Carbon dating vs bible

Faced with a date for Qeiyafa that confirms the traditional high Bible chronology, the low chronology “minimalists” now desperately argue that Qeiyafa was a Philistine fort tied to the kingdom of Gath, not a border fortress of the early Judahite state. There’s been a lot of debate around the issue of Bible chronology, which more specifically relates to the era of the reigns of David and Solomon.

Is radiocarbon dating accuracy indeed more reliable to determine Bible chronology than traditional dating methods that rely on archaeological evidence that looks at strata context? The material’s period of growth might be many decades from the era in which it was used or reused, say, in building construction.

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In the following article, “Carbon 14—The Solution to Dating David and Solomon? Calibration procedures are complex and periodically revised as new information comes to light, skewing the radiocarbon dating accuracy.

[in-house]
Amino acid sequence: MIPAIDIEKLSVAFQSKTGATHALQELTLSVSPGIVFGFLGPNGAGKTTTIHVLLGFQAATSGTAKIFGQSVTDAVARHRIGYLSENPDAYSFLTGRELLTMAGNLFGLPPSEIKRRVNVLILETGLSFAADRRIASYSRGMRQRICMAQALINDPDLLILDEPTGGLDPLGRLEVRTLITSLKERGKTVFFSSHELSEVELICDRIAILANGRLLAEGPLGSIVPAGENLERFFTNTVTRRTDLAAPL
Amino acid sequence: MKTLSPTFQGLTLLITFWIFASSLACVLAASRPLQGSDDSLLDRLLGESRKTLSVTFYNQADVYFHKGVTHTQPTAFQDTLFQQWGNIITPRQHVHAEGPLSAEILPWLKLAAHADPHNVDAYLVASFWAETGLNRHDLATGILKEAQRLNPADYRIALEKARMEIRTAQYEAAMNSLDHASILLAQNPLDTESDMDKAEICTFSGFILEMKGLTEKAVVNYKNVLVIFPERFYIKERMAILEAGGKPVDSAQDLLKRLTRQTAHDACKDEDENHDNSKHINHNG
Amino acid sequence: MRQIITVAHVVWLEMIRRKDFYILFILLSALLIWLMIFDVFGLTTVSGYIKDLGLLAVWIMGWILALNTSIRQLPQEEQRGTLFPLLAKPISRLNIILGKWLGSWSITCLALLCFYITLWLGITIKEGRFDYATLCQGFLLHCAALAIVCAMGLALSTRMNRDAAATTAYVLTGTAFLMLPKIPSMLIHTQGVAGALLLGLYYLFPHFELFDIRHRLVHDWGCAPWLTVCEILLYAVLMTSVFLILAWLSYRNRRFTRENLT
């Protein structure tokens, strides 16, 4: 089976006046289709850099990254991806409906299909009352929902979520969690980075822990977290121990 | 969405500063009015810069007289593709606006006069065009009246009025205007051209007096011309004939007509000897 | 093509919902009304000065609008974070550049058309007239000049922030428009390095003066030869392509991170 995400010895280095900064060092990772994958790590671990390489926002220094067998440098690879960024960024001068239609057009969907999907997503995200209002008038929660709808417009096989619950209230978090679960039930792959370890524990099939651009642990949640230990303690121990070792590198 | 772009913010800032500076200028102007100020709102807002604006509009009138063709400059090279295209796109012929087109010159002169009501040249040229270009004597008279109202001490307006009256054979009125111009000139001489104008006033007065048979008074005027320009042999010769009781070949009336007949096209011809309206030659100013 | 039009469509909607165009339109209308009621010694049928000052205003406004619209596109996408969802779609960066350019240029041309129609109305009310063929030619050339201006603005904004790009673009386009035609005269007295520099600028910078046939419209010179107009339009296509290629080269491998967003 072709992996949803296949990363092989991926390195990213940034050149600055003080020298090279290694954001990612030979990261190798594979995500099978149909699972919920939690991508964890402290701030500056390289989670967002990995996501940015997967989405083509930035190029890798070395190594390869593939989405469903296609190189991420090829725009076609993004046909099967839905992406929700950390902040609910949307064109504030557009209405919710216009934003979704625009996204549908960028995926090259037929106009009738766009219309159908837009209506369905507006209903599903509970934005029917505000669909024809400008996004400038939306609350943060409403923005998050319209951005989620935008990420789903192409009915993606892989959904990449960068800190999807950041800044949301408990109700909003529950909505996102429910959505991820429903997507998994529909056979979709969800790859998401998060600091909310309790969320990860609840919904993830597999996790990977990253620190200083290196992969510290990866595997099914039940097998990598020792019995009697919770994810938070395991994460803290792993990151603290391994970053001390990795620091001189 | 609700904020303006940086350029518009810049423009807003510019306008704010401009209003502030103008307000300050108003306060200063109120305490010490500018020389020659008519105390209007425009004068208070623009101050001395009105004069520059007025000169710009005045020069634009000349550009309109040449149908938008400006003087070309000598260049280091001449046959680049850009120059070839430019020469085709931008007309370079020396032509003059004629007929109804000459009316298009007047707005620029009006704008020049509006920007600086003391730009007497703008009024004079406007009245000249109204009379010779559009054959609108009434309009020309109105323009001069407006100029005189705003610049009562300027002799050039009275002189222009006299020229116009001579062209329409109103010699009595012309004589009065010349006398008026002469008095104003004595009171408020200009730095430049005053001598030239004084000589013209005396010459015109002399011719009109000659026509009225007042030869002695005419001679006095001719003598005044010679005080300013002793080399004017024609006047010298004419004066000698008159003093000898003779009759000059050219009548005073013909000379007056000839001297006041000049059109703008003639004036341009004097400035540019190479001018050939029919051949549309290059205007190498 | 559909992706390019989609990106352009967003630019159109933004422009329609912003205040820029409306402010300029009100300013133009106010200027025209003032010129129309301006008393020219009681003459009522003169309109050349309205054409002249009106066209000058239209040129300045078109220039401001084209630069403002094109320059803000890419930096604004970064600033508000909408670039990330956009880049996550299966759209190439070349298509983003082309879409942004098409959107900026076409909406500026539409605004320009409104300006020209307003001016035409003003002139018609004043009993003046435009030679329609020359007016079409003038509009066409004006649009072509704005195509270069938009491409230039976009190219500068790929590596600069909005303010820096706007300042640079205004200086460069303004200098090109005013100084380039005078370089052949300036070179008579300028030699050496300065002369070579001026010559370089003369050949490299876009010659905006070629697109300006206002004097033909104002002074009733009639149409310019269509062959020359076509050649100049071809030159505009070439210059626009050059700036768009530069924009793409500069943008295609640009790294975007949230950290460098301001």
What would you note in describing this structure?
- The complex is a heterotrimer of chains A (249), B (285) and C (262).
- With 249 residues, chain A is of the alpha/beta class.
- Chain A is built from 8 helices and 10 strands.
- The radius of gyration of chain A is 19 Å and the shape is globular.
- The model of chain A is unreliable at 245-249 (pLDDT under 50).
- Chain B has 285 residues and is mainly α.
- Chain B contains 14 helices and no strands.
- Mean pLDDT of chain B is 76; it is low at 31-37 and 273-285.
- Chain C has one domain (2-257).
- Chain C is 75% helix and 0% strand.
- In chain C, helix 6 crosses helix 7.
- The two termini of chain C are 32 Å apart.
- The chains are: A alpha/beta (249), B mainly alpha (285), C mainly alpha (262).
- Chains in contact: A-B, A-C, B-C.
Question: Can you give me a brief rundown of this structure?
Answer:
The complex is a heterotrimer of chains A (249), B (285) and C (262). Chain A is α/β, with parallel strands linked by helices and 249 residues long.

” Lily Singer-Avitz attempts to answer these questions. And statistical models also vary from researcher to researcher.

The archaeological evidence is often not mentioned.

Moreover, this archaeological evidence is not available and cannot be examined.

Therefore a complex procedure known as calibration has been developed, which converts radiocarbon test results to calendar years by relating these results to dendrochronologically dated tree-ring samples.

The calibration curve is revised periodically as more data are continuously accumulated.

But the absolute date after calibration depends on which calibration formula is used. This uncertainty ranges from 20 years (for high-precision dating) through intermediate values of 50–100 years, and in some cases up to 100–150 years. For interpreting the results, different statistical models are used by different researchers.

The results, depending on the calibration, can be quite different. Naturally, different statistical models for interpretation of the same data will produce different results. After processing the data with all these scientific tools, most archaeologists “improve” the given dates in accordance with broader archaeological and historical considerations.

Since these “long-term” samples may introduce the “old wood” effect, any calculation of precise absolute dates based on “long-term” samples is unreliable and may easily lead to errors of up to several decades or even more.

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